Panagia Ekatontapyliani is the gem of Paros, also known as the Church of 100 Doors, it is a historic Byzantine church complex and an ancient temple of Artemis located in the town of Paroikia. This complex contains a main temple surrounded by two smaller ones as well a baptistery on the east side with a rare marble cruciform font.
The origin of the church’s name is obscure, as it does not have one hundred doors or gates. One theory suggests that it is a corruption of the name “Katapoliani”, i.e. “the Downtown Church”, as it is situated by the sea at the lower part of Parikia.
The church dates back to 326 AD. Its oldest features likely predate the adoption of Christianity as well as the state religion of the Roman Empire in 391 AD. The church was allegedly founded by the mother of the Roman Emperor Constantine the Great (ruled 306–337 AD), Saint Helen, during her pilgrimage to the Holy Land when she stopped to worship at a chapel on the island.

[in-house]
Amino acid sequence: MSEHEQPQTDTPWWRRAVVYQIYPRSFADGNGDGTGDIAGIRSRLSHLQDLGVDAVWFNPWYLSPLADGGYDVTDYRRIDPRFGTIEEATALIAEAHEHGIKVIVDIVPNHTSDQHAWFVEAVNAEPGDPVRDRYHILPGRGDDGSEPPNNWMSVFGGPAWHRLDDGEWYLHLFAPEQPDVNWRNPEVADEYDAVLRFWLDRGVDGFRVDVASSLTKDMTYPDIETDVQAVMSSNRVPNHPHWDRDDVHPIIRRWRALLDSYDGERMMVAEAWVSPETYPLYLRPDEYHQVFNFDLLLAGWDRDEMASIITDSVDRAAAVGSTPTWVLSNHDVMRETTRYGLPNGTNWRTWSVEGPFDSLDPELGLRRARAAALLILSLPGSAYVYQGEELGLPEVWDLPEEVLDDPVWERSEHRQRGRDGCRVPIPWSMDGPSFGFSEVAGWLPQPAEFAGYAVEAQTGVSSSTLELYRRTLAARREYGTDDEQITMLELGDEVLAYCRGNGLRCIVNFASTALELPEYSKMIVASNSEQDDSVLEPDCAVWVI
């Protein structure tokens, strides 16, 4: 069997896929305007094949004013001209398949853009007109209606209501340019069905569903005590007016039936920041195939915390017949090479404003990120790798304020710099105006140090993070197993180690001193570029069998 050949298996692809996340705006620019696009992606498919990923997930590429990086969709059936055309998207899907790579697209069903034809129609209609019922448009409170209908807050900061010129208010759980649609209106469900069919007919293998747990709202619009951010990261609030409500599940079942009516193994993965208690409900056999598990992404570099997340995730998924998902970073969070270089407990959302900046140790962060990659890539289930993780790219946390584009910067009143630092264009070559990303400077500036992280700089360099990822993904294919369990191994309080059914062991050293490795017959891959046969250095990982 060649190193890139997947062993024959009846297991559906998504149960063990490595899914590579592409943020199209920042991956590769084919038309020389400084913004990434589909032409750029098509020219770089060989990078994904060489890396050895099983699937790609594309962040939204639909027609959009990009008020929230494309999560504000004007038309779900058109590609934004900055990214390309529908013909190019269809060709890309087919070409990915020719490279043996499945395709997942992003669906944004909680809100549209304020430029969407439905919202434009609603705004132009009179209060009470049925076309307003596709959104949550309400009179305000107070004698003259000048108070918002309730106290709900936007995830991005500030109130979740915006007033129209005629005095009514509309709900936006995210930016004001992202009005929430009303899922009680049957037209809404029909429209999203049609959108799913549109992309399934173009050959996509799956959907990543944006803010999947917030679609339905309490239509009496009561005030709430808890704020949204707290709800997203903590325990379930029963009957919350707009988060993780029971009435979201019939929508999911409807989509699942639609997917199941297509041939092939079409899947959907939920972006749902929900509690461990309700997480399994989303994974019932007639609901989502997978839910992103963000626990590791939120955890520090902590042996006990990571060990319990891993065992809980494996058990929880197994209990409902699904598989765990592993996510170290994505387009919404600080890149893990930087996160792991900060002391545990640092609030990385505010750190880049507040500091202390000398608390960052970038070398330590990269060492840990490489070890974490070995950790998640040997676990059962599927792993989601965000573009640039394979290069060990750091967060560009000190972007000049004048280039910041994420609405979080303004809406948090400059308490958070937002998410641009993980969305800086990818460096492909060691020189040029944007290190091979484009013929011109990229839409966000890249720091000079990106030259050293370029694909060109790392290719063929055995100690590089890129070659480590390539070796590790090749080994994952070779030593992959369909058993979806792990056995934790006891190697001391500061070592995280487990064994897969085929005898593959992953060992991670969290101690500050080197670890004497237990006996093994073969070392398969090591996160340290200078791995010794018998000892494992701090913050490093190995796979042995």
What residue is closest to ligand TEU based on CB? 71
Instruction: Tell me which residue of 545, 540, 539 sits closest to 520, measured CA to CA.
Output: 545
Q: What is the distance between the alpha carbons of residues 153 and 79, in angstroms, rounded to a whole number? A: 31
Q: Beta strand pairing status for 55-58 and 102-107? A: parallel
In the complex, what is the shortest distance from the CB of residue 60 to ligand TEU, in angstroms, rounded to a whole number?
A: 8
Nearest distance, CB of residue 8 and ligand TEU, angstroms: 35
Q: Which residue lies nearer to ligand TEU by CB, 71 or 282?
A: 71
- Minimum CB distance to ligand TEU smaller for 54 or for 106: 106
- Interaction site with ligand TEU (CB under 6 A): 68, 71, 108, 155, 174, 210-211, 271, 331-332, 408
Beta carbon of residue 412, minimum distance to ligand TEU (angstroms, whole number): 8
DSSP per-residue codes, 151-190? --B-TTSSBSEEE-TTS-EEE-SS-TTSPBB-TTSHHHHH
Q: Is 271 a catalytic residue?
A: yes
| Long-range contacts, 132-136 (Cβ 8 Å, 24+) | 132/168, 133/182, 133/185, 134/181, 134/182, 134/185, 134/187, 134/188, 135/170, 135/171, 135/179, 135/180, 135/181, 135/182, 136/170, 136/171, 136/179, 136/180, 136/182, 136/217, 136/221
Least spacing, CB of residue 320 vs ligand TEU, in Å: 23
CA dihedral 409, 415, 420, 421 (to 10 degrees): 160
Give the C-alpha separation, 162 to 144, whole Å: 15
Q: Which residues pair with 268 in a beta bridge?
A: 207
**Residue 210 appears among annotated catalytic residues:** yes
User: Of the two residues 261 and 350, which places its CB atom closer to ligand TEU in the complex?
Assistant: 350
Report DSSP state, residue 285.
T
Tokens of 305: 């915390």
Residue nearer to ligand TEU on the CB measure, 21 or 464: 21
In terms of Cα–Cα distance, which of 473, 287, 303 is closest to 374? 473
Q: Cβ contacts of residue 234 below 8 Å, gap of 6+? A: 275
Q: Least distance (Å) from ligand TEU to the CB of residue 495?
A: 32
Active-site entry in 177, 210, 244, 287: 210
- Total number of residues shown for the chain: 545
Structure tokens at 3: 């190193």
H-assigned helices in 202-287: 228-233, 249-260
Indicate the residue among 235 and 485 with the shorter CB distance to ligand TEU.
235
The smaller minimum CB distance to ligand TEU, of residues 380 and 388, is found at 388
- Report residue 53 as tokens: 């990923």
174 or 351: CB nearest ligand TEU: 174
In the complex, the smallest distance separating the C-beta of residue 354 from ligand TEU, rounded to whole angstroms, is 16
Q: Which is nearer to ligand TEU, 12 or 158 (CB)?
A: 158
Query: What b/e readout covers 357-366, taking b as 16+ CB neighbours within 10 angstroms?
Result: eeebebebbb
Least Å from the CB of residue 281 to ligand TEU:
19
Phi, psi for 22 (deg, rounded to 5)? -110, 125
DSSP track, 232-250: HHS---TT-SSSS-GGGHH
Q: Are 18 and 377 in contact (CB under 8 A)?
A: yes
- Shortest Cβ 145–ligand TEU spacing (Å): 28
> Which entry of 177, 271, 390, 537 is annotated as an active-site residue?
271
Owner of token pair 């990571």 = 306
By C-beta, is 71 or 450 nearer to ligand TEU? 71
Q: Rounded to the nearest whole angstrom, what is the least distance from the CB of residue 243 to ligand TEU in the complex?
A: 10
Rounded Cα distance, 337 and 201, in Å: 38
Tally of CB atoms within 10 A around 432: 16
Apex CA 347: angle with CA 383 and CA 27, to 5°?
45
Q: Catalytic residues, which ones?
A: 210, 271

In later history Justinian is also credited for initiating construction on the site. The site was badly damaged by an earthquake in the 18th century, but gradually restored. Ekatontapyliani is renowned for the pilgrimages that take place there all in the name of the Virgin Mary. It is the second largest pilgrimage destination in the Aegean, second only to the famous Megalochare on nearby Tenos Island. Inside the main church you can still see the two remaining columns from the temple of Artemis on which Ekatontapiliani was built.